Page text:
3 Time-Tested Meal-Planning Rules for Weight Loss
When it comes to losing weight, meal planning is essential. Put another way: “Dreaming doesn’t get you to a goal. You have to put a plan in place,” says Ashley Koff, RD, founder of the Better Nutrition Program.
In a study of 40,500 adults, published in The International Journal of Behavioral Nutrition and Physical Activity earlier this year, more than half of the participants reported they meal plan at least occasionally. Those who did so were more likely to eat a healthy diet and maintain a healthy weight. There are several possible reasons for this association, study authors say.
First, when you plan, you nix the “What should I eat for dinner today?” dilemma that keeps many from making their own meals, and resorting to overeating when they walk through the door at dinnertime. Second, meal planners may strategically pick recipes that take, say, less than 20 minutes to make, which means “I have no time; calling delivery is quicker,” is no longer a valid cop-out. Third, when you plan, you’re prepared and have all necessary ingredients on hand.
Meal planning squashes pretty much every excuse you have for not cooking. But just like your overall weight-loss plan, your meal plan needs to be individualized to work. So forget what you’ve heard about color-coded plastic containers and marathon cooking sessions by mastering these three meal-planning rules.
“We think we need to be deprived to lose weight, but you’ve got to plan your meals to be delicious,” Koff says. After all, you’ll only eat that zucchini pasta with marinara if it actually appeals to you. Otherwise you’ll be calling your favorite pizza place.
The hard thing about this is you can’t always anticipate what will taste good later in the week. Just because you crave tacos on Sunday doesn’t mean you’ll want them on Wednesday. “So learn how you can sub out different options that still meet your objectives for a healthy meal,” Koff says. This could mean everything from having lunch for breakfast and a smaller version of breakfast for snack, to choosing steak rather than chicken and amaranth rather than brown rice at dinner.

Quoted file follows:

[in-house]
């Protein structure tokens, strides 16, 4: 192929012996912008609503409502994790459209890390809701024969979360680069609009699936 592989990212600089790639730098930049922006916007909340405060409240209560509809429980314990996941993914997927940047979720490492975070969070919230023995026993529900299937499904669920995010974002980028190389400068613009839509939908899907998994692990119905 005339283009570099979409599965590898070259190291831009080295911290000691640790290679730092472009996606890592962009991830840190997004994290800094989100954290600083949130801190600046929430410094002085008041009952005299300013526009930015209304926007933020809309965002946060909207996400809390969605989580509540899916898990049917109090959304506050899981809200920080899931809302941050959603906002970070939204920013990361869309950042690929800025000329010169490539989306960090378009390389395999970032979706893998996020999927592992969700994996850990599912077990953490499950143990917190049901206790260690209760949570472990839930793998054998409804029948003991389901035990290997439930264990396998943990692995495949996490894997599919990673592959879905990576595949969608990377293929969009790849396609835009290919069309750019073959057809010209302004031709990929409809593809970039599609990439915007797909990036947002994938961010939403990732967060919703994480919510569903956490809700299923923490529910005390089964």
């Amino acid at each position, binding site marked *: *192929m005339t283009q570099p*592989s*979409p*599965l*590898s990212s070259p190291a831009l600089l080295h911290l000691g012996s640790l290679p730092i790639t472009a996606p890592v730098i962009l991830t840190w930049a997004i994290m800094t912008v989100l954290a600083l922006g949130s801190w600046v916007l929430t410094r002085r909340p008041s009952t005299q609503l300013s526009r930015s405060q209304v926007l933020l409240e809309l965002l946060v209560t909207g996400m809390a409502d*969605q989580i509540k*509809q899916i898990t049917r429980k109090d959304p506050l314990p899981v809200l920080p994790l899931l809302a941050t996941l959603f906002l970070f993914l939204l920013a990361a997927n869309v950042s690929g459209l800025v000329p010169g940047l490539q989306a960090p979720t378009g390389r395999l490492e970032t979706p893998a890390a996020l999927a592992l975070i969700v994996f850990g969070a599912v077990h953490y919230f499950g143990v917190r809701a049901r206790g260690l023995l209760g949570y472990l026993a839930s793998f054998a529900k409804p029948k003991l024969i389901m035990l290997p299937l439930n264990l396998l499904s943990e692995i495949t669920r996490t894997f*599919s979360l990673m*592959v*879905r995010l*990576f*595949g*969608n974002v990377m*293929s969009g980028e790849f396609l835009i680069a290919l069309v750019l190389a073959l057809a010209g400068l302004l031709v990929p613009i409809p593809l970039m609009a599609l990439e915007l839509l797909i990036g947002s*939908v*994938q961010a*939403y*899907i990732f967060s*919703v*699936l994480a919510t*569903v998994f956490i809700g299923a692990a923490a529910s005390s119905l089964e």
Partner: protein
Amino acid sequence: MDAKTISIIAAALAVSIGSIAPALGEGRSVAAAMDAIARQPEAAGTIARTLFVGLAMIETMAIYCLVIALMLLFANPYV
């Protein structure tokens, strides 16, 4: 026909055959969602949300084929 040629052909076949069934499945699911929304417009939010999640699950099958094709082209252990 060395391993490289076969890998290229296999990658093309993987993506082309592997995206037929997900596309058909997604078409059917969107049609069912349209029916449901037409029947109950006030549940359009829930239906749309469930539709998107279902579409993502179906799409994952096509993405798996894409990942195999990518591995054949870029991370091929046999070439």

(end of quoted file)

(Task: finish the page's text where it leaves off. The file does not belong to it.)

Delicious meal plans also include a brownie for dessert on Thursday or French toast and a mimosa for brunch with your friends on Saturday. Ditch the idea of deprivation and let yourself be excited about what you’re going to eat.
As much as meal planning is about, well, planning, it’s also about learning how to adjust when life happens. Specifically, “it’s about learning how to make decisions in key moments so that, in the future, you know how to navigate those situations,” Koff says.
Here’s our advice: Look at your day or week and be realistic. It’s not just listing each meal for each day. It’s thinking, ‘I know I have a work dinner tonight, so if I have the ravioli, what do I have for my snack?’ How do you make sure you cover your nutritional bases to stay satisfied and healthy? (Yes, you can have both.)
As you develop that skill, you’ll be able to better deal when life happens and you leave your healthy lunch at home or your manager declares she’s treating everyone to lunch. And you’ll know how to select an option from a restaurant near your office or off the menu that still meets your nutritional goals for a particular meal.
Now about those color-coded containers. For some people, prepping meals for the week on a Sunday is easy. This could mean cooking and portioning out entire meals, or it could mean prepping vegetables, proteins and carbs and keeping them separately in the fridge. Then, when it’s meal time, you toss things together and add a fat and seasonings.
For others, this screams extreme boredom. “You know there will be a day that week when you want to take that container and throw it at someone,” Koff says. This can backfire, especially if you get on the scale and don’t see any change, despite the fact that you’ve been eating kale, cauliflower rice and a palm-sized portion of fish.
“You have to determine what feels easy for you, and what has stick-with-it-ness, so your strategy won’t fizzle out after a week or two,” says Cynthia Sass, RD, author of “Slim Down Now.” If that’s a weekend warrior cooking session, great. But that’s not the only way to succeed. So our advice? Figure out your personalized meal plan based on what’s healthy and delicious to you and consider talking to a registered dietitian for help.
When it comes to losing weight, meal planning is essential. Put another way: “Dreaming doesn’t get you to a goal. You have to put a plan in place,” says Ashley Koff, RD, founder of the Better Nutrition Program. In a study of 40,500 adults, published in The International Journal of Behavioral Nutrition and Physical Activity …
Brittany RisherUnder ArmourSeptember 18, 2017